Hospice care includes a diverse range of services and forms of medical care. The care is done through daily activities to minimize the stress for patients and their families. Among its major responsibilities, the interdisciplinary hospice team manages the patient’s pain and symptoms. They also assist the patient with the emotional, psychosocial, and spiritual aspects of dying.
The interdisciplinary team provides the necessary drugs, medical supplies, and equipment, and they instruct the family on how to care for the patient outside of the hospice. In addition, they deliver special services like speech and physical therapy when needed. They also make short-term inpatient care available when pain or symptoms become too difficult to treat at home, or when the caregiver needs respite. And lastly, they provide bereavement care and counseling to the surviving family and friends of the patient.
A Great Team Can Make the Difficult Time Easy
Hospice care has diverse aspects and it requires a wide range of services. A multi professional health team works together in caring for the terminally ill patient. They develop and supervise the plan of care in conjunction with all of those involved with the care. The interdisciplinary team considers all aspects of the family unit, providing support to both the dying patient and to the caregiver. The family is included in all decisions and care planning because the care provided is patient-centric.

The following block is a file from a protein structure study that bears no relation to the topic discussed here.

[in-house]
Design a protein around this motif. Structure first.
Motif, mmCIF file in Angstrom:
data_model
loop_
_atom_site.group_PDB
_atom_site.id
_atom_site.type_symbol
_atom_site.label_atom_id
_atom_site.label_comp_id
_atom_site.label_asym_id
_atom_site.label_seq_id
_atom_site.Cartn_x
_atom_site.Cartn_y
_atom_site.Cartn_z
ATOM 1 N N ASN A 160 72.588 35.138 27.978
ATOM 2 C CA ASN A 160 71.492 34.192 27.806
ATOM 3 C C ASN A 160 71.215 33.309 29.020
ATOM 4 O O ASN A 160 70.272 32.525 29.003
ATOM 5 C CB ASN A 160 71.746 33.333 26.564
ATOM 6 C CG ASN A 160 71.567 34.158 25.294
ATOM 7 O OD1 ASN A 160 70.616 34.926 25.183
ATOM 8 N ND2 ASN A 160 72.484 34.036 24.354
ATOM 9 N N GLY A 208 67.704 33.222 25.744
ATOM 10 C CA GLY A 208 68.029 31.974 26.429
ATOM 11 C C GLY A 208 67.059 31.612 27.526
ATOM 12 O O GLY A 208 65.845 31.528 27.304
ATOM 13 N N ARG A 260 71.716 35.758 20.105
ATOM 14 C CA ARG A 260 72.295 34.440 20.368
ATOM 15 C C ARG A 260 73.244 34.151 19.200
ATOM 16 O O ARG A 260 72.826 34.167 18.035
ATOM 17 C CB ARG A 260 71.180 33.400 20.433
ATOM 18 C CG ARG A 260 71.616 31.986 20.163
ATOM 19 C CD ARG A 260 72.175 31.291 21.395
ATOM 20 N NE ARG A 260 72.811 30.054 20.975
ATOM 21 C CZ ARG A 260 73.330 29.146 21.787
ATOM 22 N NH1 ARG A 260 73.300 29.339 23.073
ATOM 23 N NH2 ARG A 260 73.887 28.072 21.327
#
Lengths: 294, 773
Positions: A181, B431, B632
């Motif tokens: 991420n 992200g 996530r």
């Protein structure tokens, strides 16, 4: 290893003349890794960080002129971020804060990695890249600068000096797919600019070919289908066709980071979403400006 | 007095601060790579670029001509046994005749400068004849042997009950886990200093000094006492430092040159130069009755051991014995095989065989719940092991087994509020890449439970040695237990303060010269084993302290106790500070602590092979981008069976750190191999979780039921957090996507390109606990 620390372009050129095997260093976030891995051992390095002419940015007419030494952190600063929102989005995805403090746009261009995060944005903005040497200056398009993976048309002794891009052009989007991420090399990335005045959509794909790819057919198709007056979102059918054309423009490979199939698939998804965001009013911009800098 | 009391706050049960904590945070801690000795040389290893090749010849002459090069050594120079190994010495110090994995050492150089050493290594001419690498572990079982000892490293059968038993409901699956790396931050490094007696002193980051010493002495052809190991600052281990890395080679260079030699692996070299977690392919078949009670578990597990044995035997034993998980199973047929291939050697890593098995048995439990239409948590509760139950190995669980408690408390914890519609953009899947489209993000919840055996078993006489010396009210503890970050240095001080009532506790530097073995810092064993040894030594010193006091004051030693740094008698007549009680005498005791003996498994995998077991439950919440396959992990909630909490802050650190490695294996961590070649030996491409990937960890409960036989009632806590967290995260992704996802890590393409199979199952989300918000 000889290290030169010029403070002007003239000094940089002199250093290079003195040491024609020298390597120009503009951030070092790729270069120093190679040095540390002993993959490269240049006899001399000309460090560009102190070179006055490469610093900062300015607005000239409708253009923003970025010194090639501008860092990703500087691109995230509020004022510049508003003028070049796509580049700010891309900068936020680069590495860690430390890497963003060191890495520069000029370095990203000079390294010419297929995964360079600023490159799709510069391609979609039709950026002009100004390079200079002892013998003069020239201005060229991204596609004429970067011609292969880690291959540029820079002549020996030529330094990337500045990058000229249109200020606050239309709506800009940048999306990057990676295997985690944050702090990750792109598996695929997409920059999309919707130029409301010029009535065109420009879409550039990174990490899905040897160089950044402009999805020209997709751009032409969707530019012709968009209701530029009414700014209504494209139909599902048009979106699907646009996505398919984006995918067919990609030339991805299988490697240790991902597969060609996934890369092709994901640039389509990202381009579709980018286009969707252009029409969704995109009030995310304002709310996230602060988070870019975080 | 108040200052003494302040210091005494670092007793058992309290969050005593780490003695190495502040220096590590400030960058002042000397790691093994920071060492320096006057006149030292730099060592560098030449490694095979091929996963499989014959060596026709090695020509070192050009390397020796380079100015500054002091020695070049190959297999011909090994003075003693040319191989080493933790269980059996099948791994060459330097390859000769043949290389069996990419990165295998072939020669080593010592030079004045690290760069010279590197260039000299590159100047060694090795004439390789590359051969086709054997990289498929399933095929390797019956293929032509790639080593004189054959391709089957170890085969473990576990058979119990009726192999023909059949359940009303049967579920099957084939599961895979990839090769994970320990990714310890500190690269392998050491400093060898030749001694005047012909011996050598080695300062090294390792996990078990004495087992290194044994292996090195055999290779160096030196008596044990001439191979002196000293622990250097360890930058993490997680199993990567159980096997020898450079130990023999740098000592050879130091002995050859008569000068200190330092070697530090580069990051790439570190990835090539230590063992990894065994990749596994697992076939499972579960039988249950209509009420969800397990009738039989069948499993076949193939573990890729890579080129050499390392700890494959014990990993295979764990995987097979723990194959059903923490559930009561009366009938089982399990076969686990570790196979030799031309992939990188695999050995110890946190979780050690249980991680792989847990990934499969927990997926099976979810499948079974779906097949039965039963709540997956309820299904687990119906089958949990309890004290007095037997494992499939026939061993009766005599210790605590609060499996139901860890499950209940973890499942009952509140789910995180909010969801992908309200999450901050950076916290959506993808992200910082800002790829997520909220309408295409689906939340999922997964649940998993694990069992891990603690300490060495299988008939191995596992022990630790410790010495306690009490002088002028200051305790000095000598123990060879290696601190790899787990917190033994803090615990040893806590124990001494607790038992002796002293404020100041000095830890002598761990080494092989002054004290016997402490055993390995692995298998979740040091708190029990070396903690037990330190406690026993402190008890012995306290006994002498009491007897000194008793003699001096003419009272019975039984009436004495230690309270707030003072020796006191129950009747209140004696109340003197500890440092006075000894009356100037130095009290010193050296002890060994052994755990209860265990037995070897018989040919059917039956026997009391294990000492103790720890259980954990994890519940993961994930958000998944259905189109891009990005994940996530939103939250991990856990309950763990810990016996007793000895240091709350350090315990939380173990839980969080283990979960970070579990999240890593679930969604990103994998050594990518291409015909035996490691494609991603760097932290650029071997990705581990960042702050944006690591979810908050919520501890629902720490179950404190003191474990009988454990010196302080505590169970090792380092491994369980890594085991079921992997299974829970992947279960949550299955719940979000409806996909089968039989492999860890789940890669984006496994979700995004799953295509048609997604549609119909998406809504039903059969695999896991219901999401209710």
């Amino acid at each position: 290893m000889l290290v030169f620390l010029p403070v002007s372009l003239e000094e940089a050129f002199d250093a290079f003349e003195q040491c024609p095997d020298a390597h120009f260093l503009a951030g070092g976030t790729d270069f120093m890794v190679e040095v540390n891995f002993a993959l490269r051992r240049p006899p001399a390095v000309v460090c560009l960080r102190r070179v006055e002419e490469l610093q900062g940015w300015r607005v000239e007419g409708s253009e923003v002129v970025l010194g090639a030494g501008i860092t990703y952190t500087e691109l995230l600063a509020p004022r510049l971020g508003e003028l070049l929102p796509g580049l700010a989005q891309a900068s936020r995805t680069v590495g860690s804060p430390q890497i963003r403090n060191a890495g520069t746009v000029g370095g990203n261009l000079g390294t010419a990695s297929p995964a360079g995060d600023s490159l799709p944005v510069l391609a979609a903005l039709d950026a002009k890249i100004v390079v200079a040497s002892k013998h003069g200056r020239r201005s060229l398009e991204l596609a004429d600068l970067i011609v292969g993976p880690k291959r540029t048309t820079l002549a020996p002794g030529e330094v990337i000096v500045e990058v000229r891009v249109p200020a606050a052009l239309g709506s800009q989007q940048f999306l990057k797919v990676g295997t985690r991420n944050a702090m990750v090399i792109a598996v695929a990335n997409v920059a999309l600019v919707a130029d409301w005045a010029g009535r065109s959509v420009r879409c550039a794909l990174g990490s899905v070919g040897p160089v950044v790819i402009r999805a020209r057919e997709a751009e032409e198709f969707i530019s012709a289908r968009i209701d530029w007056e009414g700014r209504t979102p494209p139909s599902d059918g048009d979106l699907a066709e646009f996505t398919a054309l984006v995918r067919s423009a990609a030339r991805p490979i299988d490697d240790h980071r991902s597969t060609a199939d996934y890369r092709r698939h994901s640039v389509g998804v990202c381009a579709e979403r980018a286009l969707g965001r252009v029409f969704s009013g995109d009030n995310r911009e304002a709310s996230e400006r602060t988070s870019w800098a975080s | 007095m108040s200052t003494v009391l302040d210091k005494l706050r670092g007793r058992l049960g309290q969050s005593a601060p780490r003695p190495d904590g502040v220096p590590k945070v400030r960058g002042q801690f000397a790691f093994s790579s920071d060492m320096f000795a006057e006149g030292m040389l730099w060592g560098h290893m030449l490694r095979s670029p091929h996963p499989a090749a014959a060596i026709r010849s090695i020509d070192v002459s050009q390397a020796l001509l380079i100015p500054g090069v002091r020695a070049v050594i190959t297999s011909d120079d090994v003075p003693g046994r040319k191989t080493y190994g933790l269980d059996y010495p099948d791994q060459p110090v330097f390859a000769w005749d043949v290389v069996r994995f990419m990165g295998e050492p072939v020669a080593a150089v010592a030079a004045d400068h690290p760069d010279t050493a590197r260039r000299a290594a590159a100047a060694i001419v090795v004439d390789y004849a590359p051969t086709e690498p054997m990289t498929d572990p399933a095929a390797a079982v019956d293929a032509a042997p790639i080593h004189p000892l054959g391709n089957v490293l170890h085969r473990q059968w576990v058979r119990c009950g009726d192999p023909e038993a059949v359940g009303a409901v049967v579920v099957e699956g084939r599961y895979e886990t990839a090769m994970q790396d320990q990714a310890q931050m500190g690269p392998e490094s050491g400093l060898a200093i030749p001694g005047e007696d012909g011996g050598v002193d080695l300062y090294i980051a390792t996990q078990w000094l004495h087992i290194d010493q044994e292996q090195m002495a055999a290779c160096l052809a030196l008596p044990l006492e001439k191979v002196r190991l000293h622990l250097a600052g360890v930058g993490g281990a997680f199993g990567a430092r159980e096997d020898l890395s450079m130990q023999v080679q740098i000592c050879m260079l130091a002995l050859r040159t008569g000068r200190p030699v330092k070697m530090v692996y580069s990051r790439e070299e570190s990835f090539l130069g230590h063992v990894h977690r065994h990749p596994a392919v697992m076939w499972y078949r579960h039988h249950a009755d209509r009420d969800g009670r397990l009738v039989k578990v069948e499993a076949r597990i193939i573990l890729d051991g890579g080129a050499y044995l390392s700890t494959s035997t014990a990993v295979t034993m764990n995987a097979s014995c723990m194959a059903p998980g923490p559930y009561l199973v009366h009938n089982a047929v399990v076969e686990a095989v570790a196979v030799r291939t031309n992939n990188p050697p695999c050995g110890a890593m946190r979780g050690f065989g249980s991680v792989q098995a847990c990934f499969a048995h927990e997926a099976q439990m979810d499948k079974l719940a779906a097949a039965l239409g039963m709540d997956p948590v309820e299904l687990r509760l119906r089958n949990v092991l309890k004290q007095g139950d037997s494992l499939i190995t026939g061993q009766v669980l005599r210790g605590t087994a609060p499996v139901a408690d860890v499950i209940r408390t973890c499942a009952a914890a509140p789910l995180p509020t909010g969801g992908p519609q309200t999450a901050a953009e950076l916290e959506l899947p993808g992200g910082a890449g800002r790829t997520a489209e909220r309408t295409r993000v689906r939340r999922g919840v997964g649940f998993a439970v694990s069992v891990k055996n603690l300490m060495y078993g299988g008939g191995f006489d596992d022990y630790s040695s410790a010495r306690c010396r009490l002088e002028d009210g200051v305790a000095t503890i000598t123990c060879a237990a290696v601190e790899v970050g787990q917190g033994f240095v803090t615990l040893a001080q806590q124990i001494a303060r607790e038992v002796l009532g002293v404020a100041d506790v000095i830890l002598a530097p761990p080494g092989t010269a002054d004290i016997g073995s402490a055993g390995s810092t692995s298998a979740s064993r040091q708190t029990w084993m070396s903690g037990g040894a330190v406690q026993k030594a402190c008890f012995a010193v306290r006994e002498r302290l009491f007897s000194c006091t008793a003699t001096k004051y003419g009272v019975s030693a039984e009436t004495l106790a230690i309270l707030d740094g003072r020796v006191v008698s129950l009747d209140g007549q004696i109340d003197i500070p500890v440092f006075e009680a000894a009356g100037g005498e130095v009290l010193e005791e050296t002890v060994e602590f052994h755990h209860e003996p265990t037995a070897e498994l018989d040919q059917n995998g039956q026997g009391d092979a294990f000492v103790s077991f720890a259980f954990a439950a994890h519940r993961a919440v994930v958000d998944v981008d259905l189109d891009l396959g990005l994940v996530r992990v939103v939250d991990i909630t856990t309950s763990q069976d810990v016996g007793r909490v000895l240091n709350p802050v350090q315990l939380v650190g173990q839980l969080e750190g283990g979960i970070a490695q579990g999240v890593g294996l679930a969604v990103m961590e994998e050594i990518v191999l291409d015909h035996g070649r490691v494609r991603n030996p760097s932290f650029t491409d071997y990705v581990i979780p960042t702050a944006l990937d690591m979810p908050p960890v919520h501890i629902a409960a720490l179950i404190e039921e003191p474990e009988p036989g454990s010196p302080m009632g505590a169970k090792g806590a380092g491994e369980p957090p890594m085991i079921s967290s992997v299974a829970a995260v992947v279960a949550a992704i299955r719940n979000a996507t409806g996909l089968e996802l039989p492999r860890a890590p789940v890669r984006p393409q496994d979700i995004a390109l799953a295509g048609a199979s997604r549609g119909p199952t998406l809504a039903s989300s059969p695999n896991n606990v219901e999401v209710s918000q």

Every hospice should have a doctor of medicine or osteopathy. They are known as the medical director and they assume the overall responsibility for the medical component of the hospice patient’s care program. The act as a consultant for the attending physician, and they serve as a mediator between the interdisciplinary team and the